Report on Investigative Case File Reviews for Military Adult Penetrative Cases Closed in Fiscal Year 2017. Defense Advisory Committee on Investigation, Prosecution, and Defense of Sexual Assault in the Armed Forces, October 2020.
Saturday, October 31, 2020
Friday, October 30, 2020
Disbanding the special forces Naturally, the fate of Australia’s special forces should ultimately be a captain’s call from Australia’s civilian leadership — perhaps the prime minister himself. And here, there is a compelling argument to be made that the command be disbanded. To some, this might appear a radical suggestion — a sweeping change without precedent. But military units have been moved, shuffled, re-branded, disbanded and reactivated frequently throughout Australia’s history. Surely, a pattern of war crimes allegations is as good a reason as any to make some major institutional changes. The Australian Defence Force will, of course, still require a special operations capability for complex operations abroad. Special forces do provide an advanced infantry skill set that is sometimes useful for policymakers — be it for a counter-terrorism raid or light-footprint reconnaissance tasks. But these needs can be met without continuing to feed billions of dollars to an elite force that is isolated from the rest of the military.
Thursday, October 29, 2020
Wednesday, October 28, 2020
This preliminary study is the first of its kind review of the Canadian military's sexual assault cases. It yields several important - if not troubling - findings such as:
- First, the conviction rate for the offence of sexual assault by Canadian courts martial is dramatically lower that the rate in Canada's civilian criminal courts.
- Second, the difference between acquittal rates in sexual assault cases in these two systems appears to be even larger.
- Third, since Operation HONOUR [The military mission to prevent and address sexual misconduct within its ranks] was launched in 2015, only ONE soldier has been convicted of sexually assaulting a female member of the military by the military justice system. One other conviction was overturned by the Court Martial Appeal Court of Canada (CMAC).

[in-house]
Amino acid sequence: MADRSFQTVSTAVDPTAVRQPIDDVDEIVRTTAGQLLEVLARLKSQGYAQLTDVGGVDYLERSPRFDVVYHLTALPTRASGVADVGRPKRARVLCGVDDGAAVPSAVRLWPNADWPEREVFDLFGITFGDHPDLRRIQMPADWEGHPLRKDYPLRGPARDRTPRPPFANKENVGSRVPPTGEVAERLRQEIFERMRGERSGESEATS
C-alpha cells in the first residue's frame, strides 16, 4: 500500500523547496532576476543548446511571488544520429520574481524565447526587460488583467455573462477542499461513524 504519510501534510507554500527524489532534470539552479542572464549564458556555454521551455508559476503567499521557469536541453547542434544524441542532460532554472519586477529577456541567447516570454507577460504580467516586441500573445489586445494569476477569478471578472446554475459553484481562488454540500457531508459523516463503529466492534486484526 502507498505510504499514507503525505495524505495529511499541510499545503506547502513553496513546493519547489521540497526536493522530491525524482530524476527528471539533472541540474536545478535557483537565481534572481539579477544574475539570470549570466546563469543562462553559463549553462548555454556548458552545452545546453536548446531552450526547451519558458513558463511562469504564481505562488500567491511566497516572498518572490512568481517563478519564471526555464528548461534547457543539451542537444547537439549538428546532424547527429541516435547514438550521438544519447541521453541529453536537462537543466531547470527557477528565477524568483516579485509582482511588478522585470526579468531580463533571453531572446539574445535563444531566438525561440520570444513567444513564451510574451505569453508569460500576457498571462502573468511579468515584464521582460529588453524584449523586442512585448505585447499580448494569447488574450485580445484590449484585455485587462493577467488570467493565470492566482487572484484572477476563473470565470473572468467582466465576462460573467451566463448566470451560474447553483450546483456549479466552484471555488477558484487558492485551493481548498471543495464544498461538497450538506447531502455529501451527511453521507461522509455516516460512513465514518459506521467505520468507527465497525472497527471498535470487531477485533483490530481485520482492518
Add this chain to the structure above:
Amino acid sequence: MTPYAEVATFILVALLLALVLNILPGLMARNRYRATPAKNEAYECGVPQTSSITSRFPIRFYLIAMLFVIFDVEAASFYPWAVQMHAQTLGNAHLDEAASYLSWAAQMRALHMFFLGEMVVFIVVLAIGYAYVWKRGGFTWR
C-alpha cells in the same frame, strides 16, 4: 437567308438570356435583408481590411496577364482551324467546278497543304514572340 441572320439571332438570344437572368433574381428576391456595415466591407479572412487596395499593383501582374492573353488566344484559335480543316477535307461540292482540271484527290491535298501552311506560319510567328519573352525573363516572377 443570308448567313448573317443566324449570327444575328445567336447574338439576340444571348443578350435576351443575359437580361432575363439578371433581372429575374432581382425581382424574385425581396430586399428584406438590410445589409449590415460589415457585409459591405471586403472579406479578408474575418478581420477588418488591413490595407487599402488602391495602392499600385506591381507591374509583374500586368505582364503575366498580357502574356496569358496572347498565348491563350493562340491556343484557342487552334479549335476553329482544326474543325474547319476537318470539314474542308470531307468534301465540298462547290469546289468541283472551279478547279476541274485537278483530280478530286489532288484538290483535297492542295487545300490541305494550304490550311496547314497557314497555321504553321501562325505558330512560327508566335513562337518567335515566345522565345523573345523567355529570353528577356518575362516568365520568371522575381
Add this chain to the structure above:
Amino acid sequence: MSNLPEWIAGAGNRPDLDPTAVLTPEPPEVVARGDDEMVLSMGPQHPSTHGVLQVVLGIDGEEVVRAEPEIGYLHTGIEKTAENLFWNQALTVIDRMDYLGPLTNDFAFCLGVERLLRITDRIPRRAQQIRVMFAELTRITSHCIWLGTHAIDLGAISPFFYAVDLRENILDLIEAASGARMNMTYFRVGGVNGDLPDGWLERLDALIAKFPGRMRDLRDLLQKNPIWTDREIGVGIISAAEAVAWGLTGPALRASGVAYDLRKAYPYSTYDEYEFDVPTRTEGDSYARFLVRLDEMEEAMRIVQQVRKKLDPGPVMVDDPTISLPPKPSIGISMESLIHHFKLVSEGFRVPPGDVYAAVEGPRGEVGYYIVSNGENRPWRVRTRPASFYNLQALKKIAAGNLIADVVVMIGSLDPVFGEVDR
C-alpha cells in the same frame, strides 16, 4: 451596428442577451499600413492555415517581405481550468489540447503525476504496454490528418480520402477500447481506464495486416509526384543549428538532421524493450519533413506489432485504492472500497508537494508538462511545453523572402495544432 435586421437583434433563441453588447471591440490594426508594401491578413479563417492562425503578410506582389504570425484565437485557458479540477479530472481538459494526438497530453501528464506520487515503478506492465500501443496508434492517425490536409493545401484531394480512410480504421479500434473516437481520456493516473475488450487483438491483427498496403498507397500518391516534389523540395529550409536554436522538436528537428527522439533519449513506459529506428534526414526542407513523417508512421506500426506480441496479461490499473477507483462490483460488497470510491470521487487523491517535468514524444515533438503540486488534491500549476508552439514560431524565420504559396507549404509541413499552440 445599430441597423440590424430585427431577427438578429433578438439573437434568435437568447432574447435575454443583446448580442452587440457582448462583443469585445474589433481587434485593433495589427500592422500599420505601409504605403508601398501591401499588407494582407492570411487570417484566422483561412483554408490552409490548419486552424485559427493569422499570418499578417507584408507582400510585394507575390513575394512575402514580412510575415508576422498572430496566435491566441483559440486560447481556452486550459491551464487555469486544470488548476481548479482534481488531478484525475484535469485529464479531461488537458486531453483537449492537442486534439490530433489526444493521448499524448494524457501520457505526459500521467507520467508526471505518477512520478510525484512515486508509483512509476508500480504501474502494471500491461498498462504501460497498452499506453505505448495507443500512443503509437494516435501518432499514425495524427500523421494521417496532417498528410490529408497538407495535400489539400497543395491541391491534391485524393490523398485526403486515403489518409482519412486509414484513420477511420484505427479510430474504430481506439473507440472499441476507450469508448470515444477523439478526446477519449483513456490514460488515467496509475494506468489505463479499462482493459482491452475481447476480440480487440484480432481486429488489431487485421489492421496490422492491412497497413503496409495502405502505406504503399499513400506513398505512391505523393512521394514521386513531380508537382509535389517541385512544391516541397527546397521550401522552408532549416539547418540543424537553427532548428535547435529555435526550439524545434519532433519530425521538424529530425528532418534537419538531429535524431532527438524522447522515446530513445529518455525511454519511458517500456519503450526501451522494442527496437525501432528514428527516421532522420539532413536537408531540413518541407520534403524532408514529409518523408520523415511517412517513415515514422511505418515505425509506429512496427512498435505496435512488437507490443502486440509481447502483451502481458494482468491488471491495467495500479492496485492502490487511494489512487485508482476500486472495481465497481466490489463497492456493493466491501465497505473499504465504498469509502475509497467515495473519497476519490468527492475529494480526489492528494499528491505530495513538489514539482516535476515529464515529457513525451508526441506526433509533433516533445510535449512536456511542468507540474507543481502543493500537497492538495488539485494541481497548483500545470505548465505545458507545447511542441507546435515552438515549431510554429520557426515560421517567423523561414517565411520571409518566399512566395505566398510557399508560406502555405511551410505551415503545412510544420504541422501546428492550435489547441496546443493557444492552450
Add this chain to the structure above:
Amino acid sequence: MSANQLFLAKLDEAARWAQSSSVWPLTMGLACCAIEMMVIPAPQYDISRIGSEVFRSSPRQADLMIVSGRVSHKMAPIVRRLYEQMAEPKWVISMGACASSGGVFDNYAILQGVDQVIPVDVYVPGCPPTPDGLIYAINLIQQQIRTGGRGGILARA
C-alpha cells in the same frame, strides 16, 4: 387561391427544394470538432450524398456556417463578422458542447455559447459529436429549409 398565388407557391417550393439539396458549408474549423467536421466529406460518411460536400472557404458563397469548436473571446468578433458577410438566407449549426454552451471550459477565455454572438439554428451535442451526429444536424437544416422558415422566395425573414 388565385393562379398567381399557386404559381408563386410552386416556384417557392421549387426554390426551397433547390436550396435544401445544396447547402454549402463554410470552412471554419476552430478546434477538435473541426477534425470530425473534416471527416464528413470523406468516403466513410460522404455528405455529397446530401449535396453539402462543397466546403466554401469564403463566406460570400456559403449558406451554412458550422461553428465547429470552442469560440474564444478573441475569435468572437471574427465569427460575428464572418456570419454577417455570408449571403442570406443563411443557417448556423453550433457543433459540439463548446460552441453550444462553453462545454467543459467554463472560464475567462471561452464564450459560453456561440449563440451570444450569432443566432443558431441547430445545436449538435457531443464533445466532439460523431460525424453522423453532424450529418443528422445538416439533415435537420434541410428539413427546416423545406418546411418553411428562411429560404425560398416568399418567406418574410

- Fourth, plea bargains by which an accused could avoid Criminal Code convictions by pleading guilty to a Code of Service Discipline like Conduct to the Prejudice of Good Order and Discipline have been used in some cases involving aggressive sexual attacks.
- Fifth, sanctions for even these serious sexual attacks resulted in fines and reprimands.
- Sixth, the decisions of military judges in some cases suggest a 'critical failure' on their part to recognize the Canadian military's culture of hostility to women documented in the May 2015 External Review into Sexual Misconduct and Sexual Harassment in the Canadian Forces by the Honorable (retired Supreme Court Justice) Marie Deschamps.
Australian special forces soldiers were fuelled by "blood lust" when they tortured and executed prisoners in Afghanistan and then covered up their actions, according to a briefing handed to military chiefs which likened the conduct of some troops to that of American soldiers in Abu Ghraib. The confidential report was commissioned in 2016 by then chief of army Angus Campbell and is the most detailed and significant internal military dossier to be aired about the special forces' war crimes scandal that took place during the war in Afghanistan between 2001 and 2015. It was the catalyst for the soon-to-be-completed four-year Inspector-General inquiry into war crimes by senior judge Paul Brereton [left].Watch for high seas when Justice Brereton's report is finally made public.
Tuesday, October 27, 2020
On Friday, 23 October 2020, military judge Commander S. Sukstorf handed down her written reasons for judgment in R v MacPherson and Chauhan and J.L., 2020 CM 2012.
This is the most recent judgment in what has now been an 8-month examination of military judicial independence under the Code of Service Discipline for the Canadian Forces.
Global Military Justice Reform contributor Rory Fowler offers some observations here.
The judgment in MacPherson et al. will not be the last word on the matter. At present, the court martial judgments in R v Edwards, 2020 CM 3006, R c Crépeau, 2020 CM 3007, R c Fontaine, 2020 CM 3008, and R v Iredale, 2020 CM 4011, have been appealed by Director of Military Prosecutions (DMP), on behalf of the Minister of National Defence, and the appeal for R c Crépeau is also the subject of a cross-appeal. By order of the Chief Justice of the Court Martial Appeal Court of Canada (CMAC), dated 19 October 2020, these appeals will be heard together before a bilingual judicial panel.